The Canterbury Tales: the Man of Law's Tale Lines 442-483
By Chaucer, Geoffrey
Okay, so maybe the Sultaness isn't all bad. Sure, she's cast Custance out to sea in a rudderless boat, but she sends her with her treasure, plus some food, water, and clothing. What more could a girl ask for?
Off she goes onto the ocean.
Custance blesses herself, and in a pitiful voice prays to the Cross: "O bright and plenteous altar, holy Cross, red with the blood of the lamb that cleansed the world of sin, keep me out of the devil's clutches on the day I drown."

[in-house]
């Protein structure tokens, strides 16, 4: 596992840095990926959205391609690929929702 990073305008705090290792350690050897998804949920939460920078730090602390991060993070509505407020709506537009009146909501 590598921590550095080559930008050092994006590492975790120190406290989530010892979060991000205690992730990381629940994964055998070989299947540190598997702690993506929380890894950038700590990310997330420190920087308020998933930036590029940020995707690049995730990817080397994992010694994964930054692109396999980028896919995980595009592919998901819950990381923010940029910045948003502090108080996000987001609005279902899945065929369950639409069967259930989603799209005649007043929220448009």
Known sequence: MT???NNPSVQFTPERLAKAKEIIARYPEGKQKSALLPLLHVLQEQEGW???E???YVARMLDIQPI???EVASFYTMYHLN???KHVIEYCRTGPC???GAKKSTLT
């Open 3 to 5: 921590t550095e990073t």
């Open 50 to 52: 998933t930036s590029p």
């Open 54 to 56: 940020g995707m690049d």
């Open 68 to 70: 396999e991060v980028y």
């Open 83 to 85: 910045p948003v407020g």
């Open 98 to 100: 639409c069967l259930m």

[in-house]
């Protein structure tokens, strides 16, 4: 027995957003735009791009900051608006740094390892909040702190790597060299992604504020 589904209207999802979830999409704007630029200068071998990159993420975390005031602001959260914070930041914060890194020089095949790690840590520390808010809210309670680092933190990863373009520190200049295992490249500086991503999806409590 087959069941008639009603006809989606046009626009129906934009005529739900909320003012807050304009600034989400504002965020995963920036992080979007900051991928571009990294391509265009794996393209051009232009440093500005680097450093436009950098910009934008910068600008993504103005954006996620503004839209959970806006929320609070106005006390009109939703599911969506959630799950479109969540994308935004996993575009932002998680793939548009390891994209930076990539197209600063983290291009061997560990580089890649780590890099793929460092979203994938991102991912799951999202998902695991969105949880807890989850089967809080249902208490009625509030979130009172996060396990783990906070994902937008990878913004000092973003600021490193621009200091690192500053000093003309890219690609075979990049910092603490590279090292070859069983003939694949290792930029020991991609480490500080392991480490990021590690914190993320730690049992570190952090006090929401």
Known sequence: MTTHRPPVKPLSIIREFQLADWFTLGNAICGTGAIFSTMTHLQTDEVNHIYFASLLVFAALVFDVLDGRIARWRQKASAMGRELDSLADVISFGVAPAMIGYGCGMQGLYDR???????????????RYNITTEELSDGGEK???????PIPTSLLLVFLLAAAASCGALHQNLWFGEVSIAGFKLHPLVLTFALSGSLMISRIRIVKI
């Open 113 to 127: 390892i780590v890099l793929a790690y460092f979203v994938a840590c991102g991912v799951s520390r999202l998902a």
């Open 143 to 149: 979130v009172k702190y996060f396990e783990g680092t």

More prayers ensue. Custance drifts for years and days on the Grecian sea, to the strait of Morocco, as is her fate.
You might be wondering why Custance was not killed. Who saved her at the feast?
Well, the Man of Law is here to tell us: God. Obviously.
See, according to him, God desired to work a miracle through Custance, so that we might see his mighty works.
As the story goes, Christ, cure for every illness, often does things for his own purposes which are mysterious to simple humans, who are ignorant of his prudent reasons for things.